A City of Powell River elected official solicited support for co-treatment before council voted on a treatment option.
Councillor Dave Formosa sent out an email asking people to send a letter to mayor and council in support of co-treatment. He also telephoned some people who had signed a petition opposing co-treatment.
City of Powell River council approved a phased consolidated treatment option as the preferred choice for liquid waste management, subject to a long list of conditions, at a special council meeting on June 27. The option combines joint treatment, a proposal to treat the city’s sewage at Catalyst Paper Corporation’s Powell River mill, with a stand-alone consolidated plant to be built sometime in the future.
Formosa said he sent the email because he is concerned about rising taxes and he knew there was support in the community for co-treatment, even though opinions collected through the city’s public consultation process overwhelmingly opposed that option. “I am truly concerned about the taxes,” he said. “Here we have an opportunity to deflect a $20-million expenditure that we can use for something else.”
Formosa’s email explained that borrowing for capital projects, including the south harbour, Wharf at Westview, drinking water system upgrade and the athletic track, equate into an eight per cent tax increase in 2012. “I think people need to know,” he said. “I let certain people know who I thought were in favour of co-treatment. They were losing their voice and maybe they wanted an opportunity to voice that they do support it. That’s why I did that.”
Powell River Water Watch Coalition presented a petition to city council with over 1,000 signatures opposing co-treatment. The organization has posted a message on its website that states: “We would like to advise petition signers that we have discovered that a city councillor is using the petition to contact people in order to change their opinion on the sewage treatment issue. It was absolutely not our intention that the petition be used by a councillor as a call list. Because the petition was presented at a public council meeting, this does not breach privacy rules; however, WWC feels it is unethical.”
Formosa said he decided to phone people who signed the petition in order to ask them what it is about co-treatment that they disagree with. He said they might have a position “that I may not have been thinking of that will affect me and my vote.”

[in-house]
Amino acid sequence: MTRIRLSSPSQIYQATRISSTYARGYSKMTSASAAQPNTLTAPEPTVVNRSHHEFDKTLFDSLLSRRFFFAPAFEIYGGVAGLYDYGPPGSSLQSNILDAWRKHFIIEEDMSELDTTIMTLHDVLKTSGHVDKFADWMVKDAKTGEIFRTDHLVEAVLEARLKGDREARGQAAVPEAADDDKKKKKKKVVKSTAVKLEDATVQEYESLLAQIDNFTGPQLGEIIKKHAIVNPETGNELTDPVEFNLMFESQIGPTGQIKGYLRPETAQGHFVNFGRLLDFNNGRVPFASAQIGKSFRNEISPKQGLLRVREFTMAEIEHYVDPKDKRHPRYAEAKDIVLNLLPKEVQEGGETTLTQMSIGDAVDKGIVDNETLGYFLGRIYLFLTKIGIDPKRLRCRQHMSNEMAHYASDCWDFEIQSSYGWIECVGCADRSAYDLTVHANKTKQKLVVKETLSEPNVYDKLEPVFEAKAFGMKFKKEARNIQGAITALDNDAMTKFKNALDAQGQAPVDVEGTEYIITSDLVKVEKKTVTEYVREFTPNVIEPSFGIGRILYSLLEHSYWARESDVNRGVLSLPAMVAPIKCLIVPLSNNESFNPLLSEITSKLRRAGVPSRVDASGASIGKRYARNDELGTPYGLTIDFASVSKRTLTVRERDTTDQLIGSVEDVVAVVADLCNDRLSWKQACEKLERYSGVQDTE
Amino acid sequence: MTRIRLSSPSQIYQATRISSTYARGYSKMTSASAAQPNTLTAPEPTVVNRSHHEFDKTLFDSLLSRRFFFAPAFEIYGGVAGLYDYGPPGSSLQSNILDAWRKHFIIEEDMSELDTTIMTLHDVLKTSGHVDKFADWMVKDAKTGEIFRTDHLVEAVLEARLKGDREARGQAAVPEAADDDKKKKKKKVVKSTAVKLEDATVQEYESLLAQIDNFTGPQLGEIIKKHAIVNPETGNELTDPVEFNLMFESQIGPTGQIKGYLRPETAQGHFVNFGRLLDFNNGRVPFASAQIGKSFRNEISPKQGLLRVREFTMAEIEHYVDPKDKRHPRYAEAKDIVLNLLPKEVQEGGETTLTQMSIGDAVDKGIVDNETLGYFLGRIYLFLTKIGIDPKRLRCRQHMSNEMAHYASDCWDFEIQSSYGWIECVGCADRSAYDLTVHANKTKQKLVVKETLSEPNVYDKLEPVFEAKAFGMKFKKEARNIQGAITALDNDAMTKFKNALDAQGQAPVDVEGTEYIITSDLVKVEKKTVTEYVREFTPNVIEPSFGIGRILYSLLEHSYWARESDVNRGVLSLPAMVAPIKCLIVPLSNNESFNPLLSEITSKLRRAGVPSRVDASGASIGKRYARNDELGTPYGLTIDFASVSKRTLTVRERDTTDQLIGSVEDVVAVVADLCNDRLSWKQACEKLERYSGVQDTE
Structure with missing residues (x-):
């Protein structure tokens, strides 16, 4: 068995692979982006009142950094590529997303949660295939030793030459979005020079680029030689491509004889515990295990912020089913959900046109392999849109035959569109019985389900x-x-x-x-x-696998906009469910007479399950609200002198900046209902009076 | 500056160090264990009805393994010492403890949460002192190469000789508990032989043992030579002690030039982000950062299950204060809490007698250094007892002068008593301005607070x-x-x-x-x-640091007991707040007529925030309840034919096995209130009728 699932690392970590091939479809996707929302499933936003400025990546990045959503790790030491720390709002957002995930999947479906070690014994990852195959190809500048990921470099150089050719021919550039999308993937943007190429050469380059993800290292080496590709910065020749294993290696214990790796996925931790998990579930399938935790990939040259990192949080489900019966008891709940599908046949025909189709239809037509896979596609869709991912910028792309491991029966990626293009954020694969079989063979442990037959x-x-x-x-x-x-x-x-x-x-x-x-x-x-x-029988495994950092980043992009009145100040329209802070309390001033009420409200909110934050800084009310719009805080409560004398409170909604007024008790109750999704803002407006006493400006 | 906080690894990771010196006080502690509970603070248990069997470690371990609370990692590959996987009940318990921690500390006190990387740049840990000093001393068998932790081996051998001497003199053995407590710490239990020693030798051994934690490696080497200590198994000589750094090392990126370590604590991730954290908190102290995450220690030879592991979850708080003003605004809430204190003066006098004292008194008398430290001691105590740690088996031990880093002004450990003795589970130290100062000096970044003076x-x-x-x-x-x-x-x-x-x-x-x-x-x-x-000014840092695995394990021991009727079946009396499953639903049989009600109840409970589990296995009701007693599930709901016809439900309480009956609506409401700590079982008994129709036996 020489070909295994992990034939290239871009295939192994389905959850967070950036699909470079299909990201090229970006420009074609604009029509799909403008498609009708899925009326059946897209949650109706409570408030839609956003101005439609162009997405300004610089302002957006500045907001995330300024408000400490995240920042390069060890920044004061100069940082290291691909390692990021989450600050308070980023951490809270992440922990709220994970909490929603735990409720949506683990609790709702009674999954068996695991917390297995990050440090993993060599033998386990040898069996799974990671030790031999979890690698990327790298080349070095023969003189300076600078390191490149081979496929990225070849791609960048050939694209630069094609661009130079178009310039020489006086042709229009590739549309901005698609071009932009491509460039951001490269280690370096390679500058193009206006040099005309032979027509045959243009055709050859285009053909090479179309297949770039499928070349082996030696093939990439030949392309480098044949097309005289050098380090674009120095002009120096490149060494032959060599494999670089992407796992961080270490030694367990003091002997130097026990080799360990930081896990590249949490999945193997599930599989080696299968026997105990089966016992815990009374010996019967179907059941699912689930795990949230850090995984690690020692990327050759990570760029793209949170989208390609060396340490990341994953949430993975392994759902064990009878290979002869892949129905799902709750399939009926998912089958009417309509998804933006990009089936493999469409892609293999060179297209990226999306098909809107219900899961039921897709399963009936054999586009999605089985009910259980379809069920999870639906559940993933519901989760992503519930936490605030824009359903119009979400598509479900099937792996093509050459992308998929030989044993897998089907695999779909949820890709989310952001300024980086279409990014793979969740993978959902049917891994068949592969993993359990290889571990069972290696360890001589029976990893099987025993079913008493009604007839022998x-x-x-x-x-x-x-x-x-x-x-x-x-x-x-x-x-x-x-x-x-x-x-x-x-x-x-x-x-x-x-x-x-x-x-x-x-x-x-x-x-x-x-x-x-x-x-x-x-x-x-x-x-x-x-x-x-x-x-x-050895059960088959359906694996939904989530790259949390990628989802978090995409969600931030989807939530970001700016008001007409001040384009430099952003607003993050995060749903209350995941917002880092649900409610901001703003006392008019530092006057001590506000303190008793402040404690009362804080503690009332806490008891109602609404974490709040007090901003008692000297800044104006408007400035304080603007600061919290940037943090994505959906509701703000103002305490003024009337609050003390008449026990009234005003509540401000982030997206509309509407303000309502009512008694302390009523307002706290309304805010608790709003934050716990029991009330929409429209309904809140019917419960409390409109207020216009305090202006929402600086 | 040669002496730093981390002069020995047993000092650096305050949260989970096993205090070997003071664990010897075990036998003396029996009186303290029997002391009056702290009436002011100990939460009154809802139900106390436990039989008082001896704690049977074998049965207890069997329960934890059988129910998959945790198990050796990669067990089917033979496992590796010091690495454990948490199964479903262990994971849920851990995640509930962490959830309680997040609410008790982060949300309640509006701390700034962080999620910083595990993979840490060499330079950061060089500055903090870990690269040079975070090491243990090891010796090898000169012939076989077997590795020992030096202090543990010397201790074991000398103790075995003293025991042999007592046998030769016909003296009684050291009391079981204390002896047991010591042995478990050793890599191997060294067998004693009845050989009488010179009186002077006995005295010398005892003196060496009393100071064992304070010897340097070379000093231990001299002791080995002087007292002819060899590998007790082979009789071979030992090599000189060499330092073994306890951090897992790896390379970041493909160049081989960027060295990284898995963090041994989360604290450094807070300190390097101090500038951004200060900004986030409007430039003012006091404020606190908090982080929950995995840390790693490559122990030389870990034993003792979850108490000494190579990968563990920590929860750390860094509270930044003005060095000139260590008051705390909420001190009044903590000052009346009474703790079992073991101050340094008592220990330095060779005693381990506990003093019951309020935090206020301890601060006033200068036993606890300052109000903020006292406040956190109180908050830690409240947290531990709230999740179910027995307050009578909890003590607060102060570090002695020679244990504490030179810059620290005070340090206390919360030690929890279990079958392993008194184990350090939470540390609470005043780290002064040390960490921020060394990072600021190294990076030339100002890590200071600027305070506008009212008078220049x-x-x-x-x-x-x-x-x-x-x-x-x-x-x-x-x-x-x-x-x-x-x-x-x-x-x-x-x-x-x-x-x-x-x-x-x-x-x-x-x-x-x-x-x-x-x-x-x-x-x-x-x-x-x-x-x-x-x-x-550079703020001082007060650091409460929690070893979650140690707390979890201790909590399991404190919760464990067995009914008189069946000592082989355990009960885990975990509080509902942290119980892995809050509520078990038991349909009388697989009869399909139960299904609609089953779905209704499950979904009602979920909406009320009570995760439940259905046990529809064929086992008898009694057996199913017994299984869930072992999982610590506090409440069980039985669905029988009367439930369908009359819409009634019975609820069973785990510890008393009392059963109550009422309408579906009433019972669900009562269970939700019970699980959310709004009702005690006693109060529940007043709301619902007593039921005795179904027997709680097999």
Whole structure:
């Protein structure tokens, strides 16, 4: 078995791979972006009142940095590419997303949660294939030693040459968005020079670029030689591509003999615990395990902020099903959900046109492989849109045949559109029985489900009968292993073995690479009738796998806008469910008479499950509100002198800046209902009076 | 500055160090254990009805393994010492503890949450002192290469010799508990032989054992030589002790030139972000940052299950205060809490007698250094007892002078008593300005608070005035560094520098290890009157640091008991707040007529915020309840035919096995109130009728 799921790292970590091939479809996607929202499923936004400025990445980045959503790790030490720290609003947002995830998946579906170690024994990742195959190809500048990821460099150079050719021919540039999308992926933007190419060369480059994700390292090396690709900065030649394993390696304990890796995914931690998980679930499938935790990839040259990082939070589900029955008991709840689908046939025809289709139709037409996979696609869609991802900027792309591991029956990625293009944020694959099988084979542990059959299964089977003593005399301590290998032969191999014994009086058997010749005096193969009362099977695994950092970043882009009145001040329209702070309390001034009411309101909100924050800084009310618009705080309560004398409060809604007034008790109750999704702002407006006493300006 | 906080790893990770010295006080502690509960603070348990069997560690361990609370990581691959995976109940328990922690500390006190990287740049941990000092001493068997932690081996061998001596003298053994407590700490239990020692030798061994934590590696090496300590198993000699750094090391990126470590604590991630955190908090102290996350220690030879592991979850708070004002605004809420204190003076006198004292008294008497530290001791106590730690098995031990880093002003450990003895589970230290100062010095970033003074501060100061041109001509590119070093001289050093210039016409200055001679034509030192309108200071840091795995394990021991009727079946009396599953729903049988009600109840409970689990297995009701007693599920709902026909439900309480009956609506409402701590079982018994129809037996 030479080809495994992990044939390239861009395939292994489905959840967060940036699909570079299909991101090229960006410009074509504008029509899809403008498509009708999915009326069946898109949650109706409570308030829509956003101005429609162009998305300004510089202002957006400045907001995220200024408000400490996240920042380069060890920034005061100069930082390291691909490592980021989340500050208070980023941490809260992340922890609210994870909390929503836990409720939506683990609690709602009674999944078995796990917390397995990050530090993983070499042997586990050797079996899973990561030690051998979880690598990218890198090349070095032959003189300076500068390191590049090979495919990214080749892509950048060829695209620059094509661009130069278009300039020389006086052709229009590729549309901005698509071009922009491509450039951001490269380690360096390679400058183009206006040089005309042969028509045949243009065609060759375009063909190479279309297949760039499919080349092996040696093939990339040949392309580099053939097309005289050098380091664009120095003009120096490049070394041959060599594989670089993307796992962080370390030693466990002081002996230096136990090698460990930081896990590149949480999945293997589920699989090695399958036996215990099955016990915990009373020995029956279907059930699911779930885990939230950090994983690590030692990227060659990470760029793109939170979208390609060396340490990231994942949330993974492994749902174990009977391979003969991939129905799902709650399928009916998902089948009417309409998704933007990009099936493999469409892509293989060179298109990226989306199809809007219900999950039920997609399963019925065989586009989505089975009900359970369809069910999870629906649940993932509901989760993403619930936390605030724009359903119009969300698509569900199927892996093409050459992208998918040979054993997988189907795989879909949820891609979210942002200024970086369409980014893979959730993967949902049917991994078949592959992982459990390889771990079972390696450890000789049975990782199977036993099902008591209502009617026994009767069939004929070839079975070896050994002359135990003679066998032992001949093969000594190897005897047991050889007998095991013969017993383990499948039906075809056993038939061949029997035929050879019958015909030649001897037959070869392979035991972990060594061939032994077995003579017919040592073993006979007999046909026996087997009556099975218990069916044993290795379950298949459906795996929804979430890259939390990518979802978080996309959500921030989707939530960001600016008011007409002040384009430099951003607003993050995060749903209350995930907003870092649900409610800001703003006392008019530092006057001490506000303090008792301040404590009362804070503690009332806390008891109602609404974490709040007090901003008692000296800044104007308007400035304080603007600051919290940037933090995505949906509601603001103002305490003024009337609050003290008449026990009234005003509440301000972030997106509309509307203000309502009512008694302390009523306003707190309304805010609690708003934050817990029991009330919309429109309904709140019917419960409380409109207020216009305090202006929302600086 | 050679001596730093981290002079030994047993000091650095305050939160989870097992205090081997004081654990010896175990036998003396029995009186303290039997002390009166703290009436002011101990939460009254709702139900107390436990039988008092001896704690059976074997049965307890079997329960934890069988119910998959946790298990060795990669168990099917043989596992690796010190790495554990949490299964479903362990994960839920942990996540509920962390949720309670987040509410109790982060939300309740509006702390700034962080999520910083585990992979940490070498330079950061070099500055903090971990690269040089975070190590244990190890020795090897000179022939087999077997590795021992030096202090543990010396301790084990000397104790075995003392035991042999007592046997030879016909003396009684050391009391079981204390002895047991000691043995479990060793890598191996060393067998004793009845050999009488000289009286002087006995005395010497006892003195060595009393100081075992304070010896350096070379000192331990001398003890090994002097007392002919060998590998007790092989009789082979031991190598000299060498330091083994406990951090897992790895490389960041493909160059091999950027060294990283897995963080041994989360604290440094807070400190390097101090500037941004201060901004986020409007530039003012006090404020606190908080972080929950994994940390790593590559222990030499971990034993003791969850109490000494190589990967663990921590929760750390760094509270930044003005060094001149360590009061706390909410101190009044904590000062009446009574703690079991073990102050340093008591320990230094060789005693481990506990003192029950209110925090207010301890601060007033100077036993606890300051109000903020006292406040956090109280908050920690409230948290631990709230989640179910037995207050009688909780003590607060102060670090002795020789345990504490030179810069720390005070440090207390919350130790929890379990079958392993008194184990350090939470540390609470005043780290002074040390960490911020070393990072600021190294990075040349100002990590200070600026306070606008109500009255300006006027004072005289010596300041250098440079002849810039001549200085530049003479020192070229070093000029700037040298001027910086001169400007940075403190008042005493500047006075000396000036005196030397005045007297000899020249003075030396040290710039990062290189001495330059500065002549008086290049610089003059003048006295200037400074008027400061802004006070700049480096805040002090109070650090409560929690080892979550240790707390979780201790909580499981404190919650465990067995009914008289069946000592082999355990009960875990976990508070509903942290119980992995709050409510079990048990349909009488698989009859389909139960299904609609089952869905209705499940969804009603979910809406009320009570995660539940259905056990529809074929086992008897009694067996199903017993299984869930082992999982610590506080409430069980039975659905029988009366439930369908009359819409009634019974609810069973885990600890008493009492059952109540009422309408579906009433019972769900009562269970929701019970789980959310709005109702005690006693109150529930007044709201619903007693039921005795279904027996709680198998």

People seemed quite happy to hear from him, Formosa said, and they talked about the issues with him. “I didn’t call to win my case,” he said. “I truly wanted to know what they were thinking.”
Patrick Smith, a professor of political science at Simon Fraser University, said there is nothing inherently wrong with a councillor being an advocate for something. “It’s not the first time, and it won’t be the last time, that such things occur,” he said.
Any good democrat would say that “we should have bigger ears than mouths and that we should listen to all points of view and be prepared to be convinced otherwise,” Smith said. “But the reverse of that is not that someone shouldn’t have an opinion.”
Most legislators tend to prefer what Edmund Burke said in the 1800s, Smith added. “The representative should prefer the interest of his or her constituents to his own, but he also owes those same constituents his good conscience and his honest opinion.”
As well, Smith pointed out, local government elections are taking place this November. “One of the interesting things about the idea of preferring not your own opinion, but the opinion of your constituents, is that that tends to be higher just coming up to an election,” he said. “Somebody stepping out in a way that is quite contrary to local interests, you would think would be fairly sensitive to the possibility of paying a political price.”
Also, Smith said telephoning people who signed a petition is not unethical. “It’s perhaps a little unusual,” he said. “But, in a sense, he did what they asked him to do in some way, which was to confront the alternative point of view.”